Sarah Rosetta Wakeman was one of hundreds of women who disguised themselves as men to fight in the Civil War. Unlike most of the women however, the letters that Wakeman wrote home were preserved by her family and later published. They give a unique picture of what it was like to undertake and maintain such a masquerade.
Wakeman was born on January 16, 1843 in Bainbridge, New York, the eldest of nine children in a poor farming family. Not much is known about Wakeman’s life, until August of 1862, when she decided to leave home disguised as a man. The reasons for this drastic decision can be guessed at—she had no prospects of marriage, her father was in debt, and her small earnings as a “domestic” would not have been much help to the family.
Adopting a male disguise, Wakeman signed on as a boatman doing manual labor on a coal barge traveling on the Chenango Canal. Shortly after making her first trip, she encountered recruiters from the 153rd New York Infantry Regiment. The offer of a $152.00 bounty was too good to refuse, and on August 30, 1862, Wakeman enlisted under the name of Lyons Wakeman. The regiment departed for Washington, DC on October 17.
After serving provost and guard duty in Alexandria, Virginia and on Capitol Hill in Washington, the regiment was transferred to the command of Major General Nathaniel Banks in February of 1864. On March 15, Wakeman and her regiment were sent to Louisiana to take part in the Red River Campaign. Forced to march hundreds of miles through swampy bayou country, with poor food and drinking water, Wakeman persevered while hundreds of her comrades succumbed to illness.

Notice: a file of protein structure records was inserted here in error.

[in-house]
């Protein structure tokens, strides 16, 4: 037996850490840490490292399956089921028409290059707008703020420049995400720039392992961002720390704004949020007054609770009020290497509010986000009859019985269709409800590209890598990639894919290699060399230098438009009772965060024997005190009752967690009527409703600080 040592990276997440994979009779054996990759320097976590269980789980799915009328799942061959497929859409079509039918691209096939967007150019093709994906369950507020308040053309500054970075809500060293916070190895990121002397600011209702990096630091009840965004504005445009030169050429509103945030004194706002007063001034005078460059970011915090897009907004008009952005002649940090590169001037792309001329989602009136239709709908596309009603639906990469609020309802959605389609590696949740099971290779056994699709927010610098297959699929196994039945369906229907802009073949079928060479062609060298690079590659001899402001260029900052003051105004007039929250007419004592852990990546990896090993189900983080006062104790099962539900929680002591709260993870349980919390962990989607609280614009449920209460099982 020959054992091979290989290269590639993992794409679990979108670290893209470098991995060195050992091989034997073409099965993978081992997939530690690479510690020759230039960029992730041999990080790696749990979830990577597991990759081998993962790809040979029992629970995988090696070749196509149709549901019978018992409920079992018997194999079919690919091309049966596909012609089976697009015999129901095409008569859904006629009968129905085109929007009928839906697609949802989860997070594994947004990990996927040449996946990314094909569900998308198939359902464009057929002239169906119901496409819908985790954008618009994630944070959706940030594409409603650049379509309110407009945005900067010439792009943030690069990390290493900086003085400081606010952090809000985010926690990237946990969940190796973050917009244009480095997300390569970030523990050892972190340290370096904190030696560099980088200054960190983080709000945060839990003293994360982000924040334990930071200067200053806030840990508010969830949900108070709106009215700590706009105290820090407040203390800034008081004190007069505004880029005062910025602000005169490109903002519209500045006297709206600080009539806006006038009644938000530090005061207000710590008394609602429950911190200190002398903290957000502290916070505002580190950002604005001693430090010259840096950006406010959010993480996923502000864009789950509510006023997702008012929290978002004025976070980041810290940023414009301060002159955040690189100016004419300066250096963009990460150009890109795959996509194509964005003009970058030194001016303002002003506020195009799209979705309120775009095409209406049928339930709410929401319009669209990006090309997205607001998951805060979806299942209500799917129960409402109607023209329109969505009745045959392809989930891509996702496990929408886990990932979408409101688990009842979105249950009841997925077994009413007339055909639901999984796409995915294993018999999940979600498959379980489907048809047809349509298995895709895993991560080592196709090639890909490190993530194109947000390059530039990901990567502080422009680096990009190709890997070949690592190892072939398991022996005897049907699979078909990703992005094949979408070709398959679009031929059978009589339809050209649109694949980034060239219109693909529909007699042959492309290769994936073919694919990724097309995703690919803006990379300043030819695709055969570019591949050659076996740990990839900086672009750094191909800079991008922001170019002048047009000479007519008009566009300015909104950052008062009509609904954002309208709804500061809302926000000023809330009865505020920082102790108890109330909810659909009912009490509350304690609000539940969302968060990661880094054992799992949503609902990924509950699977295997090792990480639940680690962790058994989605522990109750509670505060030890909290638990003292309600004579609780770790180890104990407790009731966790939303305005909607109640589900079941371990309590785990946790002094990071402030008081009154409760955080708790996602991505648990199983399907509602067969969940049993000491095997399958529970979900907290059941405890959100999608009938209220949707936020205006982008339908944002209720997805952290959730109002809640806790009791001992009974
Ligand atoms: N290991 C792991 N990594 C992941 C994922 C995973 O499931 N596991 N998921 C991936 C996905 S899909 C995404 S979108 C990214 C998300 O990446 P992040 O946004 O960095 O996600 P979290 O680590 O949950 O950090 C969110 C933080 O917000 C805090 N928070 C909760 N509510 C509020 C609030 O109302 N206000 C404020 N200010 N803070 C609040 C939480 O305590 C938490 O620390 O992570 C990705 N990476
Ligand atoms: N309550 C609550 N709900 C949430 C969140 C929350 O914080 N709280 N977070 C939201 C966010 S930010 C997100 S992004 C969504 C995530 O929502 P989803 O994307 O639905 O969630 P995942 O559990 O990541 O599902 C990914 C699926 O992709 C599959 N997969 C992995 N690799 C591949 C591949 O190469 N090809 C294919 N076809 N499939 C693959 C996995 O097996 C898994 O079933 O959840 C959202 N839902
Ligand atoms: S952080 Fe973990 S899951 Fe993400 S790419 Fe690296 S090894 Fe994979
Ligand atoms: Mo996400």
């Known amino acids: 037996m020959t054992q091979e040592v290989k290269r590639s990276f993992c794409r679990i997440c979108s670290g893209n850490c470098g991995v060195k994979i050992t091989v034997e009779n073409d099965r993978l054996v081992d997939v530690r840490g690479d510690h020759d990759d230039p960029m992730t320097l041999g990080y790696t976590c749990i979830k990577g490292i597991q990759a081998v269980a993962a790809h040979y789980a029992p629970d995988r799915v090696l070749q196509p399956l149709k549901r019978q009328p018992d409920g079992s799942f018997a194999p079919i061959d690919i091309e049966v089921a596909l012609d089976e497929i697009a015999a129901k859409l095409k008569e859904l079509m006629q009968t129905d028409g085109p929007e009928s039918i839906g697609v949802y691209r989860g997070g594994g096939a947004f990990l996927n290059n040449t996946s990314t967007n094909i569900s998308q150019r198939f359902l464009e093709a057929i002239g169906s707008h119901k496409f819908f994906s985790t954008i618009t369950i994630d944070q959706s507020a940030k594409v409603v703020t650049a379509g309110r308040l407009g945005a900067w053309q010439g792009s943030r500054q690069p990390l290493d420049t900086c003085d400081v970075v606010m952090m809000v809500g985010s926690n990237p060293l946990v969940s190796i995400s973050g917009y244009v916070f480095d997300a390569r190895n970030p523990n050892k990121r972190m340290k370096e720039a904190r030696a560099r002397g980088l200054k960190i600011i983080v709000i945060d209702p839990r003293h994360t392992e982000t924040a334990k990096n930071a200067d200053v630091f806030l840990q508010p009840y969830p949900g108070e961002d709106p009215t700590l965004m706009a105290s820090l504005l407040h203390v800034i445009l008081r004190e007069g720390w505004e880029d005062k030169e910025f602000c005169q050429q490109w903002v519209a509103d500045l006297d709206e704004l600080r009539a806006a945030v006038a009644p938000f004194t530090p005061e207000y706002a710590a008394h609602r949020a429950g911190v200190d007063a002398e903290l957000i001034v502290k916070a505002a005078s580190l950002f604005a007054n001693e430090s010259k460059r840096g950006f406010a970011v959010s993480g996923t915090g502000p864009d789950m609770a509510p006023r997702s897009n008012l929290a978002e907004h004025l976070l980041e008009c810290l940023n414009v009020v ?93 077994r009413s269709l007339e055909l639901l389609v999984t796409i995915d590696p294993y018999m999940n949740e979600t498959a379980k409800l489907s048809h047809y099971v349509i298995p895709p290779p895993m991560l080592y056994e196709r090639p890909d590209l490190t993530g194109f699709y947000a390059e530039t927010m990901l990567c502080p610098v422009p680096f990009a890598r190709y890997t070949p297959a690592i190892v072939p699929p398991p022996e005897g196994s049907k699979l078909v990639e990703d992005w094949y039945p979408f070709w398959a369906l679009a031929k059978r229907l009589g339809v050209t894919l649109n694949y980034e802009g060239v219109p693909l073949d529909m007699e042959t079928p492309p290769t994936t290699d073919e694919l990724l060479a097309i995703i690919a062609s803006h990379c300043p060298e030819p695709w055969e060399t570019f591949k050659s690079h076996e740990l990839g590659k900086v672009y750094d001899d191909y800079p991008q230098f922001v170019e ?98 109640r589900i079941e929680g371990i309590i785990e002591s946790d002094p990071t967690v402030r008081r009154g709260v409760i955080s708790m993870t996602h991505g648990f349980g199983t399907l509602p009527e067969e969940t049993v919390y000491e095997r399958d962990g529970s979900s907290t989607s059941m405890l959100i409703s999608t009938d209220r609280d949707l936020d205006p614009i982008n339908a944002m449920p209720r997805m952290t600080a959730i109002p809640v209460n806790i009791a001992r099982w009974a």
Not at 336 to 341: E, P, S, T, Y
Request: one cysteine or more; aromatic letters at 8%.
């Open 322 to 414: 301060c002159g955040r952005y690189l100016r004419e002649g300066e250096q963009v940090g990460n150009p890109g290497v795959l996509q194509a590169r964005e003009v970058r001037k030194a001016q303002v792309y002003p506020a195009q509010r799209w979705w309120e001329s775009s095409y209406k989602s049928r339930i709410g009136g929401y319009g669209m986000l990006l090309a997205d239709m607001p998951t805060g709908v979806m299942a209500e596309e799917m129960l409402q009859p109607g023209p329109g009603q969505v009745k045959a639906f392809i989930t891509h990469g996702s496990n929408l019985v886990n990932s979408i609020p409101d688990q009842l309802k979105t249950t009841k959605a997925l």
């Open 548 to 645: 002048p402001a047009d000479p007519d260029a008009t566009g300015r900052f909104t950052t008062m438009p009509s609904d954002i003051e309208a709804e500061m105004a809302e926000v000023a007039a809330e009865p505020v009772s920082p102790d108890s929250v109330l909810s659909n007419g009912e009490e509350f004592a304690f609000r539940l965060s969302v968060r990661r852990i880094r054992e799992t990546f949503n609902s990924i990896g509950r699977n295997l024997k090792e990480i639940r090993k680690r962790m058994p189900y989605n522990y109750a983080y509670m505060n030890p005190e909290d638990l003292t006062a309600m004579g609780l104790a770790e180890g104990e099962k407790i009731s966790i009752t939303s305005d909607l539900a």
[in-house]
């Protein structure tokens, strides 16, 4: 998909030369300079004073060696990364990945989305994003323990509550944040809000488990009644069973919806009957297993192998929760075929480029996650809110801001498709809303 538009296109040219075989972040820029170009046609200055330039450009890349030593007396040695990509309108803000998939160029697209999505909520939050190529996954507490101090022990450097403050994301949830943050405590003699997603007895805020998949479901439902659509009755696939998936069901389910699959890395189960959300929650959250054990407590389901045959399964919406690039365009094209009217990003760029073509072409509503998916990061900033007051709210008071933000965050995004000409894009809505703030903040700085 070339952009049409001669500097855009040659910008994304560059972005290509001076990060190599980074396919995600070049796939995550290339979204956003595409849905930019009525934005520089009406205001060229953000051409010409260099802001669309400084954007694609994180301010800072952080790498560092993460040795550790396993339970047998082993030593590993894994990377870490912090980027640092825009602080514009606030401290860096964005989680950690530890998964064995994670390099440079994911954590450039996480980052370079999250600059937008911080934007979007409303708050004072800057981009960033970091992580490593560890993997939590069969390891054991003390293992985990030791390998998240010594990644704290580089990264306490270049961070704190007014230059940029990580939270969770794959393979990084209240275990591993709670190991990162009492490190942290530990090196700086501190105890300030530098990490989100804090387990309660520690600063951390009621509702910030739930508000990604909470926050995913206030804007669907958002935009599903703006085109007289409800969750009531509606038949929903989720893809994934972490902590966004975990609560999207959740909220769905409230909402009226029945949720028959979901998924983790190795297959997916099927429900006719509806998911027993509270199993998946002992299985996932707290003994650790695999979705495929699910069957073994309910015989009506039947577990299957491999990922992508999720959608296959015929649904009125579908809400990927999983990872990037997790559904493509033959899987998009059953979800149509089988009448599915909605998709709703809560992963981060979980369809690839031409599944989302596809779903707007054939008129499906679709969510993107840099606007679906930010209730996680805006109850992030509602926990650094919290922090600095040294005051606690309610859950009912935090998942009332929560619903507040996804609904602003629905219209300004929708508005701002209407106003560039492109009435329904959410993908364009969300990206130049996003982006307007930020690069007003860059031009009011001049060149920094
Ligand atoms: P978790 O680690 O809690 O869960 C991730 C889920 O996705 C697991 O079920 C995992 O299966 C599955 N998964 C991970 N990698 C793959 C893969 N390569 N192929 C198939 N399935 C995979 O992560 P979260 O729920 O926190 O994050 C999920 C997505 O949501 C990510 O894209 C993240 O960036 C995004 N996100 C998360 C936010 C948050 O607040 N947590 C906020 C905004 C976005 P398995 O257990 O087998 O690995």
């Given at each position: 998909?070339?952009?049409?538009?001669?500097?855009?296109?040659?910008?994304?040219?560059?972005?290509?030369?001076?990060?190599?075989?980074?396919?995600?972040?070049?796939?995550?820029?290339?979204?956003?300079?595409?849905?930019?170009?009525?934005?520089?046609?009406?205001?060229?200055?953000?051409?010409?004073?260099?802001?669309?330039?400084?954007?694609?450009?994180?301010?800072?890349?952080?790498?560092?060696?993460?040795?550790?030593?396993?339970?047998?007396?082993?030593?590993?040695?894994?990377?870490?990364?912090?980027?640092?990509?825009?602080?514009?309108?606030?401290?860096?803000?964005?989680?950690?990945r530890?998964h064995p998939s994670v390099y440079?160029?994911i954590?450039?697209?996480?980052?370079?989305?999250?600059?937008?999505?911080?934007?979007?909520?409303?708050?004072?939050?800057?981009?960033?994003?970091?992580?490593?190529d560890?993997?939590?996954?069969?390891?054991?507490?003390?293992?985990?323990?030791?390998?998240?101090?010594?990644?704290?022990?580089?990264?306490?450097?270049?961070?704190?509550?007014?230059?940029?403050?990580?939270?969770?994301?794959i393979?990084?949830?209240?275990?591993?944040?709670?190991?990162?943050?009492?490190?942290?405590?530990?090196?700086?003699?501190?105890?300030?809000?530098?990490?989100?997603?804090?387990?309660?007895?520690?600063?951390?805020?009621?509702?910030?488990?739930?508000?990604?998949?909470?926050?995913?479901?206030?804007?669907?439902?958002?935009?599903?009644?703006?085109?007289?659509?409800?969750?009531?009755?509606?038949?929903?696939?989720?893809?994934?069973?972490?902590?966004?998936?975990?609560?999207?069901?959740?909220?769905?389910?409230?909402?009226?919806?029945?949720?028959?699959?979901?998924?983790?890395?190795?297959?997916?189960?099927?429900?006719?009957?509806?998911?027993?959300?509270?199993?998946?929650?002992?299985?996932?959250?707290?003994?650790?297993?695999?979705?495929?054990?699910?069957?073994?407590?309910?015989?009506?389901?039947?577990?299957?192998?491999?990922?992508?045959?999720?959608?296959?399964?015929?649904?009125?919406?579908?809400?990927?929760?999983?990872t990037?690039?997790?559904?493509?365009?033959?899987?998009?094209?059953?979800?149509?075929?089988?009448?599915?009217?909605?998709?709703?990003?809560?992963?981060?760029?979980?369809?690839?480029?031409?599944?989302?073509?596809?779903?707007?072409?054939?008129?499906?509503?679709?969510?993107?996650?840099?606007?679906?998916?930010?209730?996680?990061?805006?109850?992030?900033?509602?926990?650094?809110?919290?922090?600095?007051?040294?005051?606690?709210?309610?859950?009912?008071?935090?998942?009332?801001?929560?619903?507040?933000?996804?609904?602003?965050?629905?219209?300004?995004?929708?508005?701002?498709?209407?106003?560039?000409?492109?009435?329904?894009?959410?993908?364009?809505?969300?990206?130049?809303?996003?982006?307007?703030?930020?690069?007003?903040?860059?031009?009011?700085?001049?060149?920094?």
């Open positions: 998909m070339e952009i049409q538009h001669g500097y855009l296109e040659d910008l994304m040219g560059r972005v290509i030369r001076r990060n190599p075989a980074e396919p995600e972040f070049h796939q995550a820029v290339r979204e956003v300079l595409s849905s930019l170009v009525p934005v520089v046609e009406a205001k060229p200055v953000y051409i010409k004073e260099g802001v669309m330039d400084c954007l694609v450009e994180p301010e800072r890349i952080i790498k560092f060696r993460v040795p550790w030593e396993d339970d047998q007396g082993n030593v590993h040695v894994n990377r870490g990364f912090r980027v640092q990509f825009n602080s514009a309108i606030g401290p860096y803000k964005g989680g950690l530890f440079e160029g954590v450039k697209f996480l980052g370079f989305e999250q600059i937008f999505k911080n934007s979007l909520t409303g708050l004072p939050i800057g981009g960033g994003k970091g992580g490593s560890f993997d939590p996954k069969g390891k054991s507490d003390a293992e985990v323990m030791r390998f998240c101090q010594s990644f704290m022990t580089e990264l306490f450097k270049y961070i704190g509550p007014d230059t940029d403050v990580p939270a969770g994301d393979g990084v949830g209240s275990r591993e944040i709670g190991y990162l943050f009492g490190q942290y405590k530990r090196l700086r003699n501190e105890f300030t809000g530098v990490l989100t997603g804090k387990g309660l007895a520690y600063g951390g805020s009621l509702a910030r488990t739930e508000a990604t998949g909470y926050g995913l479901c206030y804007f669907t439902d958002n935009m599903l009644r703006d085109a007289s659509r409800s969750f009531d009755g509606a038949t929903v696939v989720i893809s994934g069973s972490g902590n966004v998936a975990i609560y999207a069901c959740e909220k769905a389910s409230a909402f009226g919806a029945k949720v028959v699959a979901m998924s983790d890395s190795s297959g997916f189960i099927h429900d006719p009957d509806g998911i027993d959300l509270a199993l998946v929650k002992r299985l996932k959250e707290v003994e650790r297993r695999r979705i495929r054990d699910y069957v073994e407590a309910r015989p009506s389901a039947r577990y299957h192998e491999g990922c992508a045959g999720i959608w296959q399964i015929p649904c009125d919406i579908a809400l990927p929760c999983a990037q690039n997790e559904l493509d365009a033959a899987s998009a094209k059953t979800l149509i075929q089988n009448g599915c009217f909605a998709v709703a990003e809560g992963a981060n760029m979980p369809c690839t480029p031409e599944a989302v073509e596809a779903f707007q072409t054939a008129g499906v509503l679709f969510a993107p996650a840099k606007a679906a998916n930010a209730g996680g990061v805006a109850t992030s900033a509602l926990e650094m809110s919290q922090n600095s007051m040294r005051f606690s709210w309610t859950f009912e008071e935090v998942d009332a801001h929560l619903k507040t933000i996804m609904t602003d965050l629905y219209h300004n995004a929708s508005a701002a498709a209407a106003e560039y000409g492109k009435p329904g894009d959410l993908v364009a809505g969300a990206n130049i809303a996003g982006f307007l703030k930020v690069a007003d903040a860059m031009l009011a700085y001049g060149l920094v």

The regiment finally saw action at Pleasant Hill, Louisiana on April 9, 1864. Standing shoulder to shoulder with the men in her company, Wakeman fired round after round into the advancing Confederates, beating them back six times. While the 153rd fought gallantly, the Union army was forced to retreat back down the Red River, fighting another engagement at Monett’s Bluff on April 23rd. Holding back the Confederates once again, the army finally reached safety at Alexandria, Louisiana in early May.
On May 3, Wakeman reported to the regimental hospital, suffering from chronic diarrhea. She was transferred to a hospital in New Orleans, arriving there on May 22. By this time she was gravely ill and on June 19, 1864, she died. There is no record of her true sex ever having been discovered, and she was buried under the name Private Lyons Wakeman at Chalmette National Cemetery near New Orleans. In one of her letters home, she had written “I don’t know how long before I shall have to go into the field of battle. For my part I don’t care. I don’t feel afraid to go.”
Historian DeAnne Blanton discusses the crucial role that women played both on and off the field during the Civil War. This video is part of the Civil War Trust's In4 video series, which presents short videos on basic Civil War topics.